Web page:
capital city of Hiroshima Prefecture, Japan

Hiroshima (広島) is the capital city of Hiroshima Prefecture.[1] It is the largest city in the Chugoku region of western Japan. About a million people live in Hiroshima.

Atomic Bomb Dome (left) and modern buildings
Atomic Bomb Dome (left) and modern buildings
Flag of Hiroshima
Official seal of Hiroshima
Location of Hiroshima in Hiroshima
Location of Hiroshima in Hiroshima
Hiroshima is located in Japan
Location in Japan
Coordinates: 34°23′7″N 132°27′19″E / 34.38528°N 132.45528°E / 34.38528; 132.45528
RegionChūgoku, Sanyō
 • MayorKazumi Matsui
 • Total905.01 km2 (349.43 sq mi)
 • Total1,196,274
 • Density1,281.1/km2 (3,318/sq mi)
 • TreeCamphor Laurel
 • FlowerOleander
Time zoneUTC+9 (Japan Standard Time)
City hall addressHiroshima-shi,
Naka-ku, Kokutaiji 1-6-34
WebsiteThe City of Hiroshima



Atomic bombing

Atomic Bomb Dome

At the time of the attack, Hiroshima was the headquarters of the 2nd General Army and 5th Division. It contained 40,000 Japanese soldiers within the city's limit, and was a beehive (or center) of war industry. The industry manufactured parts for planes and boats, bombs, rifles, and handguns. Children also were shown how to construct and throw gasoline bombs. and the heavy sick were assembling traps to be planted in the beaches of Kyushu.[2] As with other Japanese cities, many of the strategic targets in Hiroshima were mixed with civilian homes and centers made of wood and paper. This made it harder to conduct a successful precision attack. And the highly inaccuracy of the bombing technology in World War II was owed to it. As a result, the city became the first nuclear weapon used against a target in history.[3]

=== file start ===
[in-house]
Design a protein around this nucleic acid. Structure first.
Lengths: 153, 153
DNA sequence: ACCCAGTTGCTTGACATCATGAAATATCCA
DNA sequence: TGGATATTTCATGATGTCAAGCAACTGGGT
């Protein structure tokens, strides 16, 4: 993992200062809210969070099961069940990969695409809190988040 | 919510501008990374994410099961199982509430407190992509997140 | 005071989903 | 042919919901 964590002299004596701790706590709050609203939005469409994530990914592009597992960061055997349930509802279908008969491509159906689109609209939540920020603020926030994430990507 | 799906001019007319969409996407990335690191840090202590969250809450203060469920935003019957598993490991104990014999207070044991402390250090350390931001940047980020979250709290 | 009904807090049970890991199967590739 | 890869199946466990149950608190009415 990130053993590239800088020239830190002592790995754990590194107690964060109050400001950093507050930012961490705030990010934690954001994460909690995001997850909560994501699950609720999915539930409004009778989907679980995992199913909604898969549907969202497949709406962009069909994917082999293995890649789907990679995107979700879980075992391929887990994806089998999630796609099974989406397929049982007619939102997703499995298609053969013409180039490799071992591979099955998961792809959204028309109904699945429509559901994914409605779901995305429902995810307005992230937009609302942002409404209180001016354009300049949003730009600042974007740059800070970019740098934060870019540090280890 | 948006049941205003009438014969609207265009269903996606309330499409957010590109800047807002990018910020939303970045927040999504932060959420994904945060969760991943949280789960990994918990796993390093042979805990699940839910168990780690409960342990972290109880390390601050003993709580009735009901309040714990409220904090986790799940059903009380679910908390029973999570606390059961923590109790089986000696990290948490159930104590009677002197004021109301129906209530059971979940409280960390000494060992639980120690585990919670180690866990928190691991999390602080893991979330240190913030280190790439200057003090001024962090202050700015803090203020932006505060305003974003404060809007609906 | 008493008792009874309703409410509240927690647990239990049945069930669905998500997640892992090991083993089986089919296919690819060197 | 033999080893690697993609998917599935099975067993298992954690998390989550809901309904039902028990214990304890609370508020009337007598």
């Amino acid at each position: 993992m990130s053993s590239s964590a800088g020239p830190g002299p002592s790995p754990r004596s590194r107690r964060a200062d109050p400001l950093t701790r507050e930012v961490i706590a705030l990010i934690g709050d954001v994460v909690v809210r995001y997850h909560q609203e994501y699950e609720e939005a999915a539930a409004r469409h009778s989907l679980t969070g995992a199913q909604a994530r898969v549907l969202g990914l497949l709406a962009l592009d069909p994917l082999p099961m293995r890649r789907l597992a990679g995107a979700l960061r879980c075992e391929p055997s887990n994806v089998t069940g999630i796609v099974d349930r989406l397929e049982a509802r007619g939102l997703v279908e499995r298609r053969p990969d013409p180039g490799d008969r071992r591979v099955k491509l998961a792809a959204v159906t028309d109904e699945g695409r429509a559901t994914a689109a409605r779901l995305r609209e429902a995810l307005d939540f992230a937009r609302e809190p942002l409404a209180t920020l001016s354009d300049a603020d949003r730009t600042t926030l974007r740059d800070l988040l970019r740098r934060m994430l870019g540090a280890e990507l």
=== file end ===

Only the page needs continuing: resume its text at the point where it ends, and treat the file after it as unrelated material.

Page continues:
The bomb exploded over Hiroshima at 8:16 on the morning of August 6, 1945. Much of the city was destroyed. An estimated 70,000 persons were killed. 20,000 were Japanese soldiers and 20,000 were Korean slave laborers of all the kiled. Another 70,000 were injured.[4] The bomb was nicknamed Little Boy after President Theodore Roosevelt.[3] A building near the blast center still remains and is called the Atomic Bomb Dome.

Itsukushima shrine


Near to Hiroshima, there is a small island called Miyajima. The island is known for its deer. An old Shinto shrine named Itsukushima Shrine is also here. It is said that Itsukushima shrine was built at the end of the 5th century. The shrine is known for its use of red-colored wood, and especially for the torii gate. The gate leads into the shrine, which is partly underwater at high tide. Today, Itsukushima shrine and the Atomic Bomb Dome are registered as World Heritage sites. Also it was a landing site for the U.S.




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